Congress passed the Genetic Information Nondiscrimination Act in 2008, commonly known as “GINA,” to prevent employers from discriminating against an individual based on his/her genetic information and from acquiring genetic information (other than in a few limited situations). As a result of GINA’s prohibition against acquiring genetic information, the Equal Employment Opportunity Commission (“EEOC”) has taken the position that a doctor or health-care provider may not, as part of a pre-employment or return-to-work physical, ask an applicant or employee about his/her family’s medical history. Even though the EEOC has taken this position, attorneys have been reluctant to advise employers to inform their health care providers that they may not ask about family medical history because such an instruction would limit the effectiveness of the physical exam.
Between November 2009, when the law went into effect, and April 2013, the EEOC did not file a single complaint including a claim brought under GINA. Thus, there has been a certain amount of mystery shrouding what an EEOC-initiated GINA claim would look like. However, in May 2013, the EEOC filed two complaints (EEOC v. Founders Pavilion, Inc. and EEOC v. Fabricut, Inc.) against employers that included claims brought pursuant to GINA. Specifically, the EEOC’s complaints alleged that the employers had improperly acquired family medical history as part of their pre-employment, return-to-work, and/or annual medical exams. Although both complaints included claims brought under other federal discrimination statutes, these complaints clearly illustrate how easy it will be for the EEOC to add a tag-along GINA claim if an employer’s health care provider asks for family medical information.
In light of these two recent cases, employers should take two steps to avoid a complaint or discrimination charge involving GINA. First, employers should include the following language on all forms they provide to health care providers requesting medical information about employees and take advantage of the “safe harbor” provision in the GINA Regulations:
The Genetic Information Nondiscrimination Act of 2008 (GINA) prohibits employers and other entities covered by GINA Title II from requesting or requiring genetic information of an individual or family member of the individual, except as specifically allowed by this law. To comply with this law, we are asking that you not provide any genetic information when responding to this request for medical information. “Genetic information,” as defined by GINA, includes an individual’s family medical history, the results of an individual’s or family member’s genetic tests, the fact that an individual or an individual’s family member sought or received genetic services, and genetic information of a fetus carried by an individual or an individual’s family member or an embryo lawfully held by an individual or family member receiving assistive reproductive services.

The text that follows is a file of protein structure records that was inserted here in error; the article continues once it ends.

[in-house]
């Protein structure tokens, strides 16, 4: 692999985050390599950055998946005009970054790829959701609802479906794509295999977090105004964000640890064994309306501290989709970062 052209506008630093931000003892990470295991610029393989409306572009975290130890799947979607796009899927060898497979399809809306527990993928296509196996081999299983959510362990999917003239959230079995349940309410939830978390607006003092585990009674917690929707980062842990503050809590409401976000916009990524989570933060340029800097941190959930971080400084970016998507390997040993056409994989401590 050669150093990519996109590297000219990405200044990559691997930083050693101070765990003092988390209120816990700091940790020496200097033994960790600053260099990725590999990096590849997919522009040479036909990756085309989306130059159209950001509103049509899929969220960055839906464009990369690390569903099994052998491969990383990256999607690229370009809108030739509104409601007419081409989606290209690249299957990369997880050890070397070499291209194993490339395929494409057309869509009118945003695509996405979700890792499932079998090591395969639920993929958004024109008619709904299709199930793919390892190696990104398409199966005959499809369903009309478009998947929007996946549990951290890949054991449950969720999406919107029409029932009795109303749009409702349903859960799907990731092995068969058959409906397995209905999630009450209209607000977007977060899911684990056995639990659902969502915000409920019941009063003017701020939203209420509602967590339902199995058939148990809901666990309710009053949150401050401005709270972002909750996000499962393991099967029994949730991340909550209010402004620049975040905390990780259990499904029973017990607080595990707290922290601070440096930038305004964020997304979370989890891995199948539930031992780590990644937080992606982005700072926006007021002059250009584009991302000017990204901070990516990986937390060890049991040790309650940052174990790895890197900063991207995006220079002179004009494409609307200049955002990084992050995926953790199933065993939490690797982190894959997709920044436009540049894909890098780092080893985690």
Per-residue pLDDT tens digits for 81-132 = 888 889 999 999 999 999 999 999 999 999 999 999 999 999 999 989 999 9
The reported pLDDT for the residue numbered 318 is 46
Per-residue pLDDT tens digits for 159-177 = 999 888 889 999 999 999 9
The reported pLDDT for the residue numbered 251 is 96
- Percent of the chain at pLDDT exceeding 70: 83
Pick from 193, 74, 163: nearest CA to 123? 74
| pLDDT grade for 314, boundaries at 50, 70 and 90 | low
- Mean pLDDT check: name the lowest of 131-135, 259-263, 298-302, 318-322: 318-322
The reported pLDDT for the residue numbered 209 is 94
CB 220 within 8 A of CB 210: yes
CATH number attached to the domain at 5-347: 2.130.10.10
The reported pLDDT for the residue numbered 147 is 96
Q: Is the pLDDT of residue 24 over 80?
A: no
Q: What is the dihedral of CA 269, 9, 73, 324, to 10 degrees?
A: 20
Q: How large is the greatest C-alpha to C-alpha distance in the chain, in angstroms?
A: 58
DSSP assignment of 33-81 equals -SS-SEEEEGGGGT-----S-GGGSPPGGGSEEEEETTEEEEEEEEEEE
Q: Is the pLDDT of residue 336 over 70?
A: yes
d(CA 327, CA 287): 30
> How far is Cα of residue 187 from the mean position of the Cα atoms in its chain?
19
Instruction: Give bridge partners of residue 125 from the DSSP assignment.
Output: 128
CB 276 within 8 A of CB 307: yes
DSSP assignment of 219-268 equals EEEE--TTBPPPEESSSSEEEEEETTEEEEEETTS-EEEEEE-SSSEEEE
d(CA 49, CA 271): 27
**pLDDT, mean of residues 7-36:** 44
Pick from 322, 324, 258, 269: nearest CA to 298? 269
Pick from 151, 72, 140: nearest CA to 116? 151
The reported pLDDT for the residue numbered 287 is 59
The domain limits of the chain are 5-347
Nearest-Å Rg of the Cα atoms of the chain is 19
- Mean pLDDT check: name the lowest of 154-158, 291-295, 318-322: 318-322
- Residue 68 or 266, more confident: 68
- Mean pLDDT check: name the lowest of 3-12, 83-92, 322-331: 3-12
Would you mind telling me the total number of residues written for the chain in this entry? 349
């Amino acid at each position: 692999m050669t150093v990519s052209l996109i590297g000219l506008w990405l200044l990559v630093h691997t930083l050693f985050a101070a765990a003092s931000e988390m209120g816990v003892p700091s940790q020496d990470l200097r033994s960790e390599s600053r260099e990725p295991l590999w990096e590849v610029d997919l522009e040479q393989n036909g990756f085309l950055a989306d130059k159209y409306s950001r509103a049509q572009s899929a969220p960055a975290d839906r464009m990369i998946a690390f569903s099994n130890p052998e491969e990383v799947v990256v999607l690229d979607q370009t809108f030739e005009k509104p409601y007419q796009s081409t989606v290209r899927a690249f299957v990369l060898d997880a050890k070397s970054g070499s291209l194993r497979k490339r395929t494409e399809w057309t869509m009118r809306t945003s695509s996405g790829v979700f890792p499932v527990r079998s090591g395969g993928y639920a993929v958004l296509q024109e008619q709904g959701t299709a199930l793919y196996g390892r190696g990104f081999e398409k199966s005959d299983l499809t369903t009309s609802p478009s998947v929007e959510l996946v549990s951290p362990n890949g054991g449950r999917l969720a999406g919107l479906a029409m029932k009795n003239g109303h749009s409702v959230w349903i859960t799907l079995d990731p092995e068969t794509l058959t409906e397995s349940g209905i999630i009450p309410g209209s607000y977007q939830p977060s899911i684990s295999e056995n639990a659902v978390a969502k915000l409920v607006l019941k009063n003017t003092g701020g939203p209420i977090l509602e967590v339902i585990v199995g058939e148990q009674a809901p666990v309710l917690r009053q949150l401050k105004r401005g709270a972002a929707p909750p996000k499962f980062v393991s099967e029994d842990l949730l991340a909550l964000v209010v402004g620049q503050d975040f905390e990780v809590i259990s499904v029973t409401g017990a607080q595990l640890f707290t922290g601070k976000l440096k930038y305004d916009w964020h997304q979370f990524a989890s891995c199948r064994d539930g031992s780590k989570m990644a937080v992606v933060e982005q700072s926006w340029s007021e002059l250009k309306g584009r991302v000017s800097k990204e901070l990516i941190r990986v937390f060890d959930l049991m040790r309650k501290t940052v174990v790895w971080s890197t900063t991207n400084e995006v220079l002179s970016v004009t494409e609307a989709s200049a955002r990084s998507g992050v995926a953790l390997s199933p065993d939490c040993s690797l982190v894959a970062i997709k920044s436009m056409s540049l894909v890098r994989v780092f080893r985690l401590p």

The EEOC’s position is that if employers include this cautionary language in their forms requesting medical information pursuant to the Americans with Disabilities Act, the Family and Medical Leave Act, or other request for leave, then any family medical information the employer acquires will be deemed “inadvertent” and therefore will not be a violation of GINA.
Second, employers should instruct their health care providers in writing not to ask questions about the applicant’s or employee’s family medical history at any pre-employment, return-to-work, or other employer-ordered medical exam. In this letter, the employer should cite GINA and explain that health care professionals who provide medical exams for employers are not permitted to ask for family medical information. The letter also should instruct health care providers that if they inadvertently receive family medical history during the exam, they should not provide this information to the employer.
If employers take these two steps, they will greatly reduce the risk of having a GINA claim brought against them or included in another complaint for additional leverage.